"Reverse Weathering" anyone ?

Discussion in 'Weathering Forum' started by Biased turkey, Jul 5, 2008.

  1. Biased turkey

    Biased turkey Active Member

    I had a copy of N-Scale magazine in front of me. There is a very interesting weathering article written by Peter Du Chene.
    He weathers the rolling stock using acrylic and oil paints, washes and pastels then unweathers by removing all those " ingredients " using a cotton tipped dipped in isopropyl alcohol.
    One obvious advantage is a precise control on the weathering process. Another one is that it cannot be overdone.

    Does anyone on this forum uses that technique ? If yes, could you please post a few pictures ?

  2. UP SD40-2

    UP SD40-2 Senior Member

    Jacques, I did this SD45 that way:thumb: , though i wouldn't recommend doing cars or engines that you want "lightly" weathered using that process.

    EDIT: this is in HO scale
  3. Biased turkey

    Biased turkey Active Member

    Deano, thanks for taking some of your valuable time to reply.
    Your SD-45 looks great because the weathering is not overdone.
    So the way I understand it, you would recommend the reverse weathering technique for heavy or medium weathering, but not for subtle weathering.
    Is it correct ?


    Last week while railfanning along the Canadian National line down the road I spotted 2 UP boxcars. It is ( to me ) a very rare sight here in Montreal.
  4. UP SD40-2

    UP SD40-2 Senior Member

    Jacques, i did the "REVERSE WEATHERING" on my SD45 by accident, i used Polly Scale paints, and on this job, i really over did it:oops: . since i used Polly Scale paint, i knew rubbing alcohol would remove the excess. i took the railings off, and wet a paper towel down with rubbing alcohol, then started taking off the excess, as i got closer to the look i wanted i switched over to a Q-tip to finish it off:winki: .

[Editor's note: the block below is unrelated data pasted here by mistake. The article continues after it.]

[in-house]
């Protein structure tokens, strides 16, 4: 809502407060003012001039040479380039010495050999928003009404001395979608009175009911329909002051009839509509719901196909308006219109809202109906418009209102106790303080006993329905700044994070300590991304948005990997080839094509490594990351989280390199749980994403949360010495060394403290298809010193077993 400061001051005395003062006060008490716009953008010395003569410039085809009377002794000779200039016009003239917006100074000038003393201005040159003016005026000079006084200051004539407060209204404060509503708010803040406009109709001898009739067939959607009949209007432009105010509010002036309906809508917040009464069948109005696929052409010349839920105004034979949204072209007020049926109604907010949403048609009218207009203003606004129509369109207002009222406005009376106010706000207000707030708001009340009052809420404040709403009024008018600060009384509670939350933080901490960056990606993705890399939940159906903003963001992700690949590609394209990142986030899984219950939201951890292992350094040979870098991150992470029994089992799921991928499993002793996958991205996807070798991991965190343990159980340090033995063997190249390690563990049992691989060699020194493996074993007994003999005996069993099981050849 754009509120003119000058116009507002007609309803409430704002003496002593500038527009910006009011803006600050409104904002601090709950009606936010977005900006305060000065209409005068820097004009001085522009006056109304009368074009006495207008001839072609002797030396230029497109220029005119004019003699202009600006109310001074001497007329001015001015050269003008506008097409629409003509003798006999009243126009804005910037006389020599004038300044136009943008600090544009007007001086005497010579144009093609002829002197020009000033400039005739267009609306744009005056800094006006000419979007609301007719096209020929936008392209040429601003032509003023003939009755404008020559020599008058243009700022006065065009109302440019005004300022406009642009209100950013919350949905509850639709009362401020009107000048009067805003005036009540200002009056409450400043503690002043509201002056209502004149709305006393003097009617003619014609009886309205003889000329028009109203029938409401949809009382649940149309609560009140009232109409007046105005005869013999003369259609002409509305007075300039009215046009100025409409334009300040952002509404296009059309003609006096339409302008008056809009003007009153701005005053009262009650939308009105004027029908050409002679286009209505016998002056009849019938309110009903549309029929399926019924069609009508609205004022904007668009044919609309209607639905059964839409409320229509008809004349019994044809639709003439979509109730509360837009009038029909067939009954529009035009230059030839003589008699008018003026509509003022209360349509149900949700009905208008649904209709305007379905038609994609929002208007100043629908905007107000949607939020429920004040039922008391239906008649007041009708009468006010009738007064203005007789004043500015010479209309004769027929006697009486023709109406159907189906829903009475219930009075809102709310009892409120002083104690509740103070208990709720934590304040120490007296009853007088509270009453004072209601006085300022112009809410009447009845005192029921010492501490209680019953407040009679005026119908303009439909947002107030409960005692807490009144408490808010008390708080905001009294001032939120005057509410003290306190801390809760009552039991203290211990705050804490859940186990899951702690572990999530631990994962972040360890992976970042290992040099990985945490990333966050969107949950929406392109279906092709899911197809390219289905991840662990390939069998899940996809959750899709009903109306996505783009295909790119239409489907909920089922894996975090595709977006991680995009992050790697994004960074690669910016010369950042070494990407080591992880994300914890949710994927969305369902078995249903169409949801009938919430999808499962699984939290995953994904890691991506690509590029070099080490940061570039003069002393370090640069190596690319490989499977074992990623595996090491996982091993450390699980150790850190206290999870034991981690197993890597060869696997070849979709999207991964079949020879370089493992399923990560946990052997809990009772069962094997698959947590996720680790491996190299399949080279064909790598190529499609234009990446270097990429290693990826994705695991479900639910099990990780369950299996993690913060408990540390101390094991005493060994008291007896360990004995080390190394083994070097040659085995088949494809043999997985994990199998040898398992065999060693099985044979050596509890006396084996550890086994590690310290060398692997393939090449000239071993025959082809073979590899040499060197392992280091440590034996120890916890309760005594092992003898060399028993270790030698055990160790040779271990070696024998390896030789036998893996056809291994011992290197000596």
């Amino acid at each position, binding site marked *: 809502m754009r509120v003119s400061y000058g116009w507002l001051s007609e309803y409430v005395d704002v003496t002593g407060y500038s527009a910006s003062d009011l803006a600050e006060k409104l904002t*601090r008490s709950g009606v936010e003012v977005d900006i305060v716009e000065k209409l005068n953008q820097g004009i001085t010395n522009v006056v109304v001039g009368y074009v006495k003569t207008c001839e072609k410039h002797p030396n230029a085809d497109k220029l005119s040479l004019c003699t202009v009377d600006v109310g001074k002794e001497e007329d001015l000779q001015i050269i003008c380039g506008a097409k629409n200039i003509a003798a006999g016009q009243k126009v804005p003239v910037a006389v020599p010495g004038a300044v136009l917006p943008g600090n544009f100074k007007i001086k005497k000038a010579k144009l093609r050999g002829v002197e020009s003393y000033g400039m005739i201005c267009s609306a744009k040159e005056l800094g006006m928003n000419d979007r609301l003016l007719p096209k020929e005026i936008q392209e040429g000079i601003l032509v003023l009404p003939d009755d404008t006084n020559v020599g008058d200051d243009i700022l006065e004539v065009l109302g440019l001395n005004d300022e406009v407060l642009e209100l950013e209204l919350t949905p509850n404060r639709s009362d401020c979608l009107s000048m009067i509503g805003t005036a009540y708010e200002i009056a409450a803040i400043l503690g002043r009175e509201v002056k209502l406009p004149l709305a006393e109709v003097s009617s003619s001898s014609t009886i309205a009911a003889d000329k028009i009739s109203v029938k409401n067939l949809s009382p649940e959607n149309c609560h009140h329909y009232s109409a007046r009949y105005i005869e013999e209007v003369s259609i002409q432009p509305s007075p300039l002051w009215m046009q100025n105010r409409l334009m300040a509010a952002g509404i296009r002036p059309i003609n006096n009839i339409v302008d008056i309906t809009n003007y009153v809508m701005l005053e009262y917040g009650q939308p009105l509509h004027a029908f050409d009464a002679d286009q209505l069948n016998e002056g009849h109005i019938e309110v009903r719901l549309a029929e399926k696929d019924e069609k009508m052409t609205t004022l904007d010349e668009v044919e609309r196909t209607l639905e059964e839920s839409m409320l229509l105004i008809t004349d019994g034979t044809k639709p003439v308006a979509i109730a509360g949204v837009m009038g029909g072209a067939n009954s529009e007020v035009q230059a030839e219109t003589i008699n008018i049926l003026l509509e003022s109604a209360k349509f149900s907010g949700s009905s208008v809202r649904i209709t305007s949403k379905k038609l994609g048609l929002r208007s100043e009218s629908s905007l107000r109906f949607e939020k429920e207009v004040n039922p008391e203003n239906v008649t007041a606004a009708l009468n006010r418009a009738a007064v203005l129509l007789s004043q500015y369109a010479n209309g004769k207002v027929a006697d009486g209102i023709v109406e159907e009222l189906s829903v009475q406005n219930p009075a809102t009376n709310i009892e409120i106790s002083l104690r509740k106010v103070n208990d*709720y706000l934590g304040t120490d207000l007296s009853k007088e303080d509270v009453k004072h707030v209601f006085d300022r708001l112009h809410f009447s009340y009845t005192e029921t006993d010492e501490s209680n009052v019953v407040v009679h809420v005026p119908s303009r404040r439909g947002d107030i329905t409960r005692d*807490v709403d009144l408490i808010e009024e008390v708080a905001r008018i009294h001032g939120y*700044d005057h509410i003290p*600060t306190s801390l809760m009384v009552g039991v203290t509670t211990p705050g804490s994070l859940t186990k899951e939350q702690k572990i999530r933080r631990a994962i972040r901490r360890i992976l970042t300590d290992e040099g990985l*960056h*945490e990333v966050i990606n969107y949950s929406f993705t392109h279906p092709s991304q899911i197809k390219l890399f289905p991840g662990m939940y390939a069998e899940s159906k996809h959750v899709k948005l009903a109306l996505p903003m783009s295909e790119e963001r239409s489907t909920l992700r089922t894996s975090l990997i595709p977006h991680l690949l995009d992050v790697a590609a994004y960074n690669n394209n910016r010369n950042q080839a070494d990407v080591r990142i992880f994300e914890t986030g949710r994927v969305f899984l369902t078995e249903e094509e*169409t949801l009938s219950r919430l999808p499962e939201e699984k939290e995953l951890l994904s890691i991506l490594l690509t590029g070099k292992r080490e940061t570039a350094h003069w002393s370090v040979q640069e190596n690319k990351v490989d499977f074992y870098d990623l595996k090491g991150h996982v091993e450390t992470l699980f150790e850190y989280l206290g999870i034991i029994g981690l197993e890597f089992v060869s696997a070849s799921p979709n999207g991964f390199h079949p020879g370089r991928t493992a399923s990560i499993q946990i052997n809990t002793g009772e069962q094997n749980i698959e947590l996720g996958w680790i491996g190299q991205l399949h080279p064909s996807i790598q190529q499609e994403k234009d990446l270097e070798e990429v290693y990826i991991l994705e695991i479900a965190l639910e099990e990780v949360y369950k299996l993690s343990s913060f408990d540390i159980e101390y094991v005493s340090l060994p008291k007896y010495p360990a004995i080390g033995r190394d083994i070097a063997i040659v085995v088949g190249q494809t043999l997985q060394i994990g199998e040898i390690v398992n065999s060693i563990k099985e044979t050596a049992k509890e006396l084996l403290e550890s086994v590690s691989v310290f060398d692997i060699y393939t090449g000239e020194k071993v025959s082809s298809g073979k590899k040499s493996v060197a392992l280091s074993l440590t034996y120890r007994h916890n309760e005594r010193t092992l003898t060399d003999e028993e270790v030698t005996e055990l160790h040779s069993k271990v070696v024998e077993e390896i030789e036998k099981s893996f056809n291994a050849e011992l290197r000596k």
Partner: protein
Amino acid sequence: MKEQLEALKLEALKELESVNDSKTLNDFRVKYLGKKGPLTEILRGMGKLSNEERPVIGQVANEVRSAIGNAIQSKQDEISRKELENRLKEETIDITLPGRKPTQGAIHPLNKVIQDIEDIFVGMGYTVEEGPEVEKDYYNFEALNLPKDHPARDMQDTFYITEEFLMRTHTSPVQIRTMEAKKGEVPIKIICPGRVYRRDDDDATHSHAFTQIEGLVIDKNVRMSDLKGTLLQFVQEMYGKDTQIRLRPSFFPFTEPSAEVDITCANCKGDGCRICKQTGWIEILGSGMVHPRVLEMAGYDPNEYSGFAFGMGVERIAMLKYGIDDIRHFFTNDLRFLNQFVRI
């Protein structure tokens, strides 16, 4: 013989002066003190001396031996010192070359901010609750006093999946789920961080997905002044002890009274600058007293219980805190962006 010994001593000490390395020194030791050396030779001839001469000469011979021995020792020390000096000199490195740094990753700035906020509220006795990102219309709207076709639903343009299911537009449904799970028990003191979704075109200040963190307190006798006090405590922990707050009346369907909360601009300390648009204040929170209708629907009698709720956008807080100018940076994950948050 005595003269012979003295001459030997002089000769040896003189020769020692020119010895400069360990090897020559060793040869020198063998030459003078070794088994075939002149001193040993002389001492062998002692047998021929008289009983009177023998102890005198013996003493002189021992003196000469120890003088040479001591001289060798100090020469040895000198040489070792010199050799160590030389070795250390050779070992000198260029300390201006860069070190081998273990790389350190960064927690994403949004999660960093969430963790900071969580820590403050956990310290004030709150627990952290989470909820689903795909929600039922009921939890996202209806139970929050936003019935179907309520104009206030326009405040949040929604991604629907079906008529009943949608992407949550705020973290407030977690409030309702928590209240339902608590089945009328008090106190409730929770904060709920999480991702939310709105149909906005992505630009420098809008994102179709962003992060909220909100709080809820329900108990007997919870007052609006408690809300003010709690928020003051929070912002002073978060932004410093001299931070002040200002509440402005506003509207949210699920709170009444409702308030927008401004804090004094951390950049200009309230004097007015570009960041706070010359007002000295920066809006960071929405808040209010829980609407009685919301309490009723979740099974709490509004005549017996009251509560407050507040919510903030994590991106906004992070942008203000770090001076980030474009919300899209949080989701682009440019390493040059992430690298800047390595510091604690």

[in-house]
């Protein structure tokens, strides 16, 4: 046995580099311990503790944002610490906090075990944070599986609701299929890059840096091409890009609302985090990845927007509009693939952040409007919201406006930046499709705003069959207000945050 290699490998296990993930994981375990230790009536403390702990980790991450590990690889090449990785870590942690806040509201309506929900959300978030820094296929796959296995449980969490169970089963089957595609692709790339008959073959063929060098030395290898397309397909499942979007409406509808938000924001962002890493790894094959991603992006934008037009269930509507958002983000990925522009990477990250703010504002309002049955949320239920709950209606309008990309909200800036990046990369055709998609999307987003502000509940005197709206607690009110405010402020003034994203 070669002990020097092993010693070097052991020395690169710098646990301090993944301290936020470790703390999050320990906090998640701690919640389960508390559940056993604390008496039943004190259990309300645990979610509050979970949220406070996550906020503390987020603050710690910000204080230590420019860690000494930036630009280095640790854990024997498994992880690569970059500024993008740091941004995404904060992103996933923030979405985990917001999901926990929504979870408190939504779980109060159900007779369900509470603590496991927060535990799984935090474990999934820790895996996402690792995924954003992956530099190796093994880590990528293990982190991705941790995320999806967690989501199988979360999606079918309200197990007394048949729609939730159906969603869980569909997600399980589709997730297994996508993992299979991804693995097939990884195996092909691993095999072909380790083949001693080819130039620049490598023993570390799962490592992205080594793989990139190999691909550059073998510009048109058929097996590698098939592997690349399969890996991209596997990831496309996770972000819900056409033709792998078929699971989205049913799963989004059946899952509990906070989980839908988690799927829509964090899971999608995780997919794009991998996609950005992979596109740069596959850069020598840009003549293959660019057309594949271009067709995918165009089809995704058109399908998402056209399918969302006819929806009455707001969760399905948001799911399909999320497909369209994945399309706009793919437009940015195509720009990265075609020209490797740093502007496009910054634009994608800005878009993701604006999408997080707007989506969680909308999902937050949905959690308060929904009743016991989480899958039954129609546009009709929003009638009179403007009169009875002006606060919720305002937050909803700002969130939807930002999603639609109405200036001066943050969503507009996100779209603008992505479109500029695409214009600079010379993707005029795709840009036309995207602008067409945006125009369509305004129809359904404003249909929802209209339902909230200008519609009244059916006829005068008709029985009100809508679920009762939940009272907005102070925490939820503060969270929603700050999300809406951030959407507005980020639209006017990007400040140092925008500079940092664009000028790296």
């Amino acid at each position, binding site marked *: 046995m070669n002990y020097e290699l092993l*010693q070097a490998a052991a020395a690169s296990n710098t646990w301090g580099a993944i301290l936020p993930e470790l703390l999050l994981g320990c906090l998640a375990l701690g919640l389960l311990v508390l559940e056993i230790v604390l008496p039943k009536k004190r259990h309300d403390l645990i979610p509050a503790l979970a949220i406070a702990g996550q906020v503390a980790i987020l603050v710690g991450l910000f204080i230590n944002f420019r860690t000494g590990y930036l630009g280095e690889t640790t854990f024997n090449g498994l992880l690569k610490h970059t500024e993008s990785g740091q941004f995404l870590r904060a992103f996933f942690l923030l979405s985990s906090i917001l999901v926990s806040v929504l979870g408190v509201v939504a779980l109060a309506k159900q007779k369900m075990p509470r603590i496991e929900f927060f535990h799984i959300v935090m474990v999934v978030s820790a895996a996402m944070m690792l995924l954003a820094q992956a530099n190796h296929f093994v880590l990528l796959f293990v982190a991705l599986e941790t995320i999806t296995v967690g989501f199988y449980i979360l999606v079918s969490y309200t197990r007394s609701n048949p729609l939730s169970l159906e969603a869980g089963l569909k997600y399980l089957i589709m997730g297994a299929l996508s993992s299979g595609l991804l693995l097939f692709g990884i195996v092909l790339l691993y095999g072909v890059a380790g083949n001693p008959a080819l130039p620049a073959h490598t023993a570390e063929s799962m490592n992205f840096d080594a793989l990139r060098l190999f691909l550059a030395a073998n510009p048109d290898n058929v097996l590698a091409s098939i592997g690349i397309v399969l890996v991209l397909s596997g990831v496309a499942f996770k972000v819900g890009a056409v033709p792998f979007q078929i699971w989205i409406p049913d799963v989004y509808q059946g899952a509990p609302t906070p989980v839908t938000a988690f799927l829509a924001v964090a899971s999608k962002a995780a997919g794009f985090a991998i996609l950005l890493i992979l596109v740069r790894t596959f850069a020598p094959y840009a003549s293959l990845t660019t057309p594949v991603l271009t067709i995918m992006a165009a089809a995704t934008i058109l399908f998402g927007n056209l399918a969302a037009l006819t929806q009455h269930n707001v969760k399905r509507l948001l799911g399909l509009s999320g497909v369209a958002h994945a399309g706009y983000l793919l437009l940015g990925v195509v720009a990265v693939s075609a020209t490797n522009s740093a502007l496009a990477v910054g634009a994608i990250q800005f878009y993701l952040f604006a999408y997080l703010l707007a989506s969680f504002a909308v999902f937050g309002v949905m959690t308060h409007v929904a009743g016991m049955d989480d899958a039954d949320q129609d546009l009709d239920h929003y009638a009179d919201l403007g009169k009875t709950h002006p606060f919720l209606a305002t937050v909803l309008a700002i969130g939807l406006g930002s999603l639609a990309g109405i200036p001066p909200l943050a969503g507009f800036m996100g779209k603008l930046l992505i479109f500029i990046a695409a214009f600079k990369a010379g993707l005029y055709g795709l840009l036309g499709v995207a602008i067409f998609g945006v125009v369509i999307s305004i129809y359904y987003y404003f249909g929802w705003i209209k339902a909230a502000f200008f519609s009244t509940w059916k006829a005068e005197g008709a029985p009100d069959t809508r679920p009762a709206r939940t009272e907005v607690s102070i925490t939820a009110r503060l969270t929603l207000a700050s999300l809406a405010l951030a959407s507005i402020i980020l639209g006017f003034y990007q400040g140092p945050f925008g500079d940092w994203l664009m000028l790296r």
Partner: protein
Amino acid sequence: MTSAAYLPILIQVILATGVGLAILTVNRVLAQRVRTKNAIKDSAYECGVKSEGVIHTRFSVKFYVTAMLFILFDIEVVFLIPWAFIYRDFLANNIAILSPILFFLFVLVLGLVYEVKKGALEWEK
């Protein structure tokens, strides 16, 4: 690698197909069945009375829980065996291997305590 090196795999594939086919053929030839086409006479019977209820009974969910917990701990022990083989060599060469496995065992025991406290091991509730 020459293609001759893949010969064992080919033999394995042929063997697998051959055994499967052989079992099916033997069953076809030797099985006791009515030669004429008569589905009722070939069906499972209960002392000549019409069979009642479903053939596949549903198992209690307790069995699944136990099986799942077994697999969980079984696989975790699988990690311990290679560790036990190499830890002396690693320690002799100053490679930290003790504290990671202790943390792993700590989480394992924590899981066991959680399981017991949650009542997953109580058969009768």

The whole time i was removing the excess rust/grime i put on, i was very careful to do it using DOWNWARD STROKES ONLY, NEVER, NEVER, EVER, WIPE SIDE TO SIDE.

    taking off excess weathering with Rubbing Alcohol(isopropyl) is VERY RISKY, you can easily damage decals, paint etc., USE CAUTION when doing weathering this way. the risk IS there, but if all goes well, the end results are quite good:thumb: .

    Isopropyl Alcohol comes in two strengths, that i know of, 70% and 90%, i ONLY USE 70%, and even that will take some paint off, and if rubbed to much, the lettering too:eeki: . some of you might prefer the stronger 90%, but i am not willing to take that big a gamble on what "could" go wrong using that.

    you probably could do "light" weathering using this method, but to me, there are better ways to lightly weather a car, then to use the reverse method...just MY thoughts:winki: .

    **On a very different note, i hope you got pics of the UP box cars up in your neck of the woods:thumb: .
  5. Biased turkey

    Biased turkey Active Member

    Thanks Deano for giving more info about your technique discovered by accident :)

    About isopropyl alcohol: only the 70% strenght is available here.

    You asked for the picture, here it is:
    The picture was taken 2 months ago


  6. UP SD40-2

    UP SD40-2 Senior Member

    Jacques, WOW!:eeki: AWESOME PIC of that SP/UP box:thumb: , THANKS for posting it.

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